It’s Friday, December 13, and college Republicans want their party to take on the climate emergency.
Yup, it’s Friday, the 13th. So naturally there’s some bad news: The GOP is still stuck in the “denial” phase of its climate change journey.
But the planet’s luck could be changing. Many young Republicans in colleges across the U.S. are asking the GOP to support a conservative climate-action agenda — one that embraces market-based solutions to the crisis.
Young Conservatives for Carbon Dividends, founded by Harvard University senior Kiera O’Brien, aims to provide an alternative to progressive plans like the Green New Deal. She’s got help from 25 college Republican chairs who plan to put pressure on GOP members of Congress to back a price on carbon. The revenue generated by that tax (just don’t call it a “tax”) would then go back to American consumers every year.
The group might have a shot at getting through to fellow conservatives. A recent study showed Republicans listen to their own party when it comes to climate issues. Hearing policy proposals from Democrats just forces them further into denial.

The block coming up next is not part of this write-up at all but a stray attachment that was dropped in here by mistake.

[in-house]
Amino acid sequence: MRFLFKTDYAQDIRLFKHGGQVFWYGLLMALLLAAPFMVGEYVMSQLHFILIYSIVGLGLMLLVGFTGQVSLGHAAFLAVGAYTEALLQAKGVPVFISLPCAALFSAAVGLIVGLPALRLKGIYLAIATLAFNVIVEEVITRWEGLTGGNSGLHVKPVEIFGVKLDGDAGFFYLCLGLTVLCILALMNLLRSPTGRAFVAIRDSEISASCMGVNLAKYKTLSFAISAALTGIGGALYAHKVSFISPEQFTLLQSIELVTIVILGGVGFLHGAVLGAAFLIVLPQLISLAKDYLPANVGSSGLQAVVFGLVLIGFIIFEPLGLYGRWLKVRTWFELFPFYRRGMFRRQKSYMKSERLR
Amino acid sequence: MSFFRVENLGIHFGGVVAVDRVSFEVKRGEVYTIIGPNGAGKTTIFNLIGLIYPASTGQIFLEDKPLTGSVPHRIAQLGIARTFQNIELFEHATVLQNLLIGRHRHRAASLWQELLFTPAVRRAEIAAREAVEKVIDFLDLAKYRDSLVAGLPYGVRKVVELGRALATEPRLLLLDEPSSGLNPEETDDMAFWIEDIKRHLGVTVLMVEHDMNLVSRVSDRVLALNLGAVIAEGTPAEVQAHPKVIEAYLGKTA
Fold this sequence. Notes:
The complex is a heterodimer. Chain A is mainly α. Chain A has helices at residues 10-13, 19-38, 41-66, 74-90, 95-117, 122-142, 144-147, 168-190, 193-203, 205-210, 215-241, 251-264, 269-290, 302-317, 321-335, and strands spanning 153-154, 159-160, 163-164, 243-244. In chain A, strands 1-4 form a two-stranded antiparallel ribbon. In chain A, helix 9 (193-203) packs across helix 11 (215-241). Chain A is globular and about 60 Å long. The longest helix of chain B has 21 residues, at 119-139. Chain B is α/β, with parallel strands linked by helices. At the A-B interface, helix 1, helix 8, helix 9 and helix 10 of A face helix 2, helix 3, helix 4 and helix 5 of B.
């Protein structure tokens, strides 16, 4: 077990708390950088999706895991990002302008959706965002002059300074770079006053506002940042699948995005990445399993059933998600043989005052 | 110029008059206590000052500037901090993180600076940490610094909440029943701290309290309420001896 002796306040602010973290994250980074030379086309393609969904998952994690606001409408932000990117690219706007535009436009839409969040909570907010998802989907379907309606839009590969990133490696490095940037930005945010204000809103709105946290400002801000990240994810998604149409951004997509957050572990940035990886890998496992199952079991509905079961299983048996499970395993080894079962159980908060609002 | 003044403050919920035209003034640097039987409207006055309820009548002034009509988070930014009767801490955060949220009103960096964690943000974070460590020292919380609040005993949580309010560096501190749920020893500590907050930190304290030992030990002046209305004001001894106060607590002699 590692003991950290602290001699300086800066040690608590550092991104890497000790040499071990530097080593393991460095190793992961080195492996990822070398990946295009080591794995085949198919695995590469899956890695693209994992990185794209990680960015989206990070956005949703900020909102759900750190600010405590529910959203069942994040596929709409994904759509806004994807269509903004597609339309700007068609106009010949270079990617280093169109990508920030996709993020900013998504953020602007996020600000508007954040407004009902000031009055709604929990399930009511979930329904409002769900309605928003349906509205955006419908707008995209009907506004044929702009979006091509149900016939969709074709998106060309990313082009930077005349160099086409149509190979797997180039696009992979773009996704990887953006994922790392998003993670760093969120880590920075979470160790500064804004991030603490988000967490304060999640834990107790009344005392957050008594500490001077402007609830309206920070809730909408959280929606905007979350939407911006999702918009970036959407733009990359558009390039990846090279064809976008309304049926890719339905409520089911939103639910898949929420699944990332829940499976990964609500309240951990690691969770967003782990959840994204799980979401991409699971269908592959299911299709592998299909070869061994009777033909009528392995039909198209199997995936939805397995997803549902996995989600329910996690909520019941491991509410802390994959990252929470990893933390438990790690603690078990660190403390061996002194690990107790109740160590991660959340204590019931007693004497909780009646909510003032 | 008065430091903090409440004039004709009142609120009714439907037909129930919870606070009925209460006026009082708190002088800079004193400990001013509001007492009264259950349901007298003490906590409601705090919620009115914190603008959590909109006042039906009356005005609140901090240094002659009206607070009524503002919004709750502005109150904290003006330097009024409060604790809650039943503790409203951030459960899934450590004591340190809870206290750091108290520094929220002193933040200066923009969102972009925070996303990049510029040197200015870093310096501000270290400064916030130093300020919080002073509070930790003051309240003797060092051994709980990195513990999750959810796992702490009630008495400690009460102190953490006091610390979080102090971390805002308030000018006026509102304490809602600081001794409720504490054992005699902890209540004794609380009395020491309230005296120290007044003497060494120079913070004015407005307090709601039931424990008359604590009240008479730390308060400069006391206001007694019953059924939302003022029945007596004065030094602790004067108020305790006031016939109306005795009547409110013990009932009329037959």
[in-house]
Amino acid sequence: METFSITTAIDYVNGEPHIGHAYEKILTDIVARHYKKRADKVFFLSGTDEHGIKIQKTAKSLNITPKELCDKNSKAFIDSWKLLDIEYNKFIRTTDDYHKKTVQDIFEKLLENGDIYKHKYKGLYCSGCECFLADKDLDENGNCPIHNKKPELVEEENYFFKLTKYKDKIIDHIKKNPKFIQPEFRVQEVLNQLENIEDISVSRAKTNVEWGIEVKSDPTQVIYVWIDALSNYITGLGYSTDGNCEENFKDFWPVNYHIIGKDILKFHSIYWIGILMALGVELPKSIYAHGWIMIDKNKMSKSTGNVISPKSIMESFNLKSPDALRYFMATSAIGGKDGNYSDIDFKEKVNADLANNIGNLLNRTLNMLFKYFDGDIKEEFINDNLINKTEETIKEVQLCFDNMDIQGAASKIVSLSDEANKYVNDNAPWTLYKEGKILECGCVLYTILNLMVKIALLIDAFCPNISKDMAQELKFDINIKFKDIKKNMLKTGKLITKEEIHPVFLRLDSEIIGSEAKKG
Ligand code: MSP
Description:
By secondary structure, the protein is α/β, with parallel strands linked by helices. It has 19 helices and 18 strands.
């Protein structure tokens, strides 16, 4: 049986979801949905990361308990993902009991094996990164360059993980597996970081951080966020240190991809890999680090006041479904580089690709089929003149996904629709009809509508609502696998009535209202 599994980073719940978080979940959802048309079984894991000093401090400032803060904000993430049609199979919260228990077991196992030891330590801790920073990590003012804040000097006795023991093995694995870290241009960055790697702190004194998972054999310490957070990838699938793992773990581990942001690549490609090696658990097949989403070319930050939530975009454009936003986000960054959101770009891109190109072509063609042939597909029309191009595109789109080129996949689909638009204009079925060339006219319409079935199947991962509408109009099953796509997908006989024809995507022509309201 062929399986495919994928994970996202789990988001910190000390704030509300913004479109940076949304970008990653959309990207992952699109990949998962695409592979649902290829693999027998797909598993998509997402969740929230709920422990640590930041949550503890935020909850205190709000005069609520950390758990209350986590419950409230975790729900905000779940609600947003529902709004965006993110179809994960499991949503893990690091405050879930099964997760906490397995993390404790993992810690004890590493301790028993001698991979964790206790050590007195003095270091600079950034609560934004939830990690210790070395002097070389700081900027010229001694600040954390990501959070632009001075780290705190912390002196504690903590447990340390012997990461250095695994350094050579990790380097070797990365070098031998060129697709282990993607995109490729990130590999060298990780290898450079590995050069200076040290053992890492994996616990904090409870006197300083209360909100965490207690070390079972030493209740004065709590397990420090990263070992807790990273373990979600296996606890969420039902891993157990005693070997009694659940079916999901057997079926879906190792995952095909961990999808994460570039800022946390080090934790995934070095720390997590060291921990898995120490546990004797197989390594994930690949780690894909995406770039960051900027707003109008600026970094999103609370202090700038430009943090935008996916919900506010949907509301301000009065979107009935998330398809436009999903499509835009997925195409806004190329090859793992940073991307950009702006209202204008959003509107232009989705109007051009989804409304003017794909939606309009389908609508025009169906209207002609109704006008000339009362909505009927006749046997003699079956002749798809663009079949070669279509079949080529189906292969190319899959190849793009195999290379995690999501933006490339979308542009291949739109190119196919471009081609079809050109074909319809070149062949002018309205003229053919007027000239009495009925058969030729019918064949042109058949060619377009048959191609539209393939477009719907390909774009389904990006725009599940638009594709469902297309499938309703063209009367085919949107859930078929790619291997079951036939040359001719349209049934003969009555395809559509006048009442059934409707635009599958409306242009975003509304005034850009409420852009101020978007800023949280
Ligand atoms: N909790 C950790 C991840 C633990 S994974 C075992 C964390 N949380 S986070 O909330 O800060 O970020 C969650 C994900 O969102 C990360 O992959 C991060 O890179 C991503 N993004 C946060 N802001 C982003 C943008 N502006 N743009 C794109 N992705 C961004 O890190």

The Grand Old Party would do well to pick up what its younger constituents are putting down. In June, veteran Republican strategist Frank Luntz sent a memo to congressional Republicans warning that climate change is “a GOP vulnerability and a GOP opportunity.” If Republicans don’t come up with a climate proposal soon, they risk alienating the younger voters in their base, many of whom are beginning to sound like Democrats when it comes to this issue.
Small island nations are blaming developed countries for refusing to talk about financial aid and carbon trading as the two-week-long U.N. climate summit in Madrid comes to a close. The Marshall Islands, Fiji, and other small countries are demanding for urgent action that wouldn’t leave them helpless in the face of encroaching seas.
Animal agriculture is a massive source of greenhouse gas emissions. In a letter to the Lancet Planetary Health Journal, scientists are calling for rich countries to set a date and declare a “timeframe for peak livestock.” After that point, they advise, we would need to minimize meat production if we want to limit warming to 1.5 degrees Celsius (2.7 degrees Fahrenheit) over pre-industrial levels.
The New York Times used infrared cameras to show that oil and gas companies are allowing vast amounts of methane — invisible to the naked eye — to be released into the air. Methane, a primary component of natural gas, is a much more powerful greenhouse gas than carbon dioxide.